Weekend Linkage: Rate Chasing, Roth IRAs and Automated Savings

by Jason Unger

Each week, there are tons of great posts from across the Personal Finance blogosphere that you may not have seen.

In keeping up with this site, I barely have time to read all the articles I’d want.

To end off the week, I’ll try and highlight some of the stories I’ve seen that will help your bottom line.

In Three Simple Ways to Automatically Increase Your Savings, Suburban Dollar presents easy steps to have more money without doing any more work.

He suggests:

  • Direct Deposit
  • Automatic Debits
  • Flexible Spending Account

I use all three of these, and they’ve contributed to the complete Automatic Finances system.

Over at Prime Time Money, PT goes through the process of Opening a Roth IRA for the First Time. He’s using Vanguard for his Roths, investing in index funds for his retirement.

Flexo at Consumerism Commentary asks his readers: Are You a High-Yield Interest Rate Chaser?

He lays out 5 reasons why you shouldn’t rate chase:

  1. There is more to a savings account than the interest rate.
  2. You lose interest income in the transfer.
  3. Banks will often hold your deposits for several days.
  4. Past performance is not an indicator of future results.
  5. Most people don?t transfer enough cash from bank to bank to make the effort worthwhile.

Simply put, I agree. That’s why I recommend using ING Direct, even if the rate is not the highest available. There are other reasons — like the ones Flexo mentioned — to not go with the highest rate.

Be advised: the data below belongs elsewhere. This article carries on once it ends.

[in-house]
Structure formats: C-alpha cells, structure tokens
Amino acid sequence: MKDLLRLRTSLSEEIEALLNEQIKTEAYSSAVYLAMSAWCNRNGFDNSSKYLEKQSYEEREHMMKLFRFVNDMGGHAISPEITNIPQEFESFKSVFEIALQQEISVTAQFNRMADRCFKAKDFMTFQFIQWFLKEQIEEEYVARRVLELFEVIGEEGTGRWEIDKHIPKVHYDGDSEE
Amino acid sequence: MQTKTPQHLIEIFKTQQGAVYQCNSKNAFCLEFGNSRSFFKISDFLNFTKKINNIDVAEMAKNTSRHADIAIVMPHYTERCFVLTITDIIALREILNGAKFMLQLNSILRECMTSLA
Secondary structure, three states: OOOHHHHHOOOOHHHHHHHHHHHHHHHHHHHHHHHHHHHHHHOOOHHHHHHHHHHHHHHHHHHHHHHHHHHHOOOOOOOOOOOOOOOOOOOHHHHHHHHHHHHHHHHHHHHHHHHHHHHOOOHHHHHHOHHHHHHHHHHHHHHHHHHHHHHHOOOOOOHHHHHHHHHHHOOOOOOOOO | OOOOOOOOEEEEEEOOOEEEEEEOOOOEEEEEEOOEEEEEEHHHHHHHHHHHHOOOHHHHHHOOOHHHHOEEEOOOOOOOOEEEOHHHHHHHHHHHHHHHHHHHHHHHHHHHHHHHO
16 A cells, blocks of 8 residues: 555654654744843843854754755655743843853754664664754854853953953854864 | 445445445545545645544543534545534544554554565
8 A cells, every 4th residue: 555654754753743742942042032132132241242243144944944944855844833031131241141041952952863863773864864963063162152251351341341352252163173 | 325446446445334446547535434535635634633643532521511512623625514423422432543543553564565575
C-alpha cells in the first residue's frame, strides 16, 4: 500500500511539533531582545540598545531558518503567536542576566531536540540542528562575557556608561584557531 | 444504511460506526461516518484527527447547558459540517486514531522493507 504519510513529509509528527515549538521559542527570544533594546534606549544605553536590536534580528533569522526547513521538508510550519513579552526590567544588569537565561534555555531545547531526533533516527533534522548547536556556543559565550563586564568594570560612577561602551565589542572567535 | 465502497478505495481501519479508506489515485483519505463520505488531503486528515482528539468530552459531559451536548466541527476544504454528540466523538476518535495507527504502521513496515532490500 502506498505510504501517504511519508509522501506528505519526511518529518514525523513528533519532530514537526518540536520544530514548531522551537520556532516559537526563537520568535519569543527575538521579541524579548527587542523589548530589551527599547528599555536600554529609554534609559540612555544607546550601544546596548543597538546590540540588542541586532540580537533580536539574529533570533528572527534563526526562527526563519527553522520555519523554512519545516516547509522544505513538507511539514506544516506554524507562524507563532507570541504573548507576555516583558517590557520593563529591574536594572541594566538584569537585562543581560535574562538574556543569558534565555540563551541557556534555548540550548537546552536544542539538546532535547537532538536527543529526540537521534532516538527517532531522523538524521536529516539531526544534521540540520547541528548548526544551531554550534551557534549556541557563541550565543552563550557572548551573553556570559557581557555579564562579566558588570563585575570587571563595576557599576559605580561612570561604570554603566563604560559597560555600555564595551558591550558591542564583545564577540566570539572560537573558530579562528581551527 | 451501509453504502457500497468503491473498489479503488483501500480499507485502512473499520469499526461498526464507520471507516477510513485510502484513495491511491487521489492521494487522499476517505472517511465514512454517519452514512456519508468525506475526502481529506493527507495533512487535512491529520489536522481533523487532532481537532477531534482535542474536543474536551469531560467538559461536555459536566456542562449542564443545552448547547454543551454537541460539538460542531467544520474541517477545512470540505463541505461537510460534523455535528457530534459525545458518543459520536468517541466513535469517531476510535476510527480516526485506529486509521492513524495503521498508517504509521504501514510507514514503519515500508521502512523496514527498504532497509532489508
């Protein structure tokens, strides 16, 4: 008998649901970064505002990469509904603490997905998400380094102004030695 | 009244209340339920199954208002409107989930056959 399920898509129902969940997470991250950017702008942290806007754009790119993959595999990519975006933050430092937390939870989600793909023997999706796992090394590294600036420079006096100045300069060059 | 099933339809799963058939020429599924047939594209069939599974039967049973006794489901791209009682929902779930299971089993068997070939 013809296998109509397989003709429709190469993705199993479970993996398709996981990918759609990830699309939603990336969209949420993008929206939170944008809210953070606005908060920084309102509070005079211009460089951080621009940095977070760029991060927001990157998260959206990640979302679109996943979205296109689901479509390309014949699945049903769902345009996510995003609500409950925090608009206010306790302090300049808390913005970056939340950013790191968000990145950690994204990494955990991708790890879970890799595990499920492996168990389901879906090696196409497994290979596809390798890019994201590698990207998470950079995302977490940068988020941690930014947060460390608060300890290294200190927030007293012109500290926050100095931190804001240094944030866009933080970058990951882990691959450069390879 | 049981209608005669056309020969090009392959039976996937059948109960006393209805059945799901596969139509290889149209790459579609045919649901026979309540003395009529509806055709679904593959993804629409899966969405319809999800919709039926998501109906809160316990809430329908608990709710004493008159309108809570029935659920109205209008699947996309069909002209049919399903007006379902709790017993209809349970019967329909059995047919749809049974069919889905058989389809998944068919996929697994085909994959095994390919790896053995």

Want to see your post highlighted in Weekend Linkage? Contact me to let me know about your newest content.

{ 3 comments… read them below or add one }

PT Money April 5, 2009 at 12:46 am

Love the blog concept. I’m big on automation. Thanks for sharing my article. Have anice weekend. 🙂

elementaryfinance April 5, 2009 at 8:32 am

I like the last reason on your list the best. The average person isn’t saving enough money to make it worth the time and effort to chase the interest rates. a quarter point on a thousand dollars is barely worth the research. If you have a larger amount of money saved, great.

Jason Unger April 5, 2009 at 12:21 pm

Thanks, PT! Enjoy your weekend, too.

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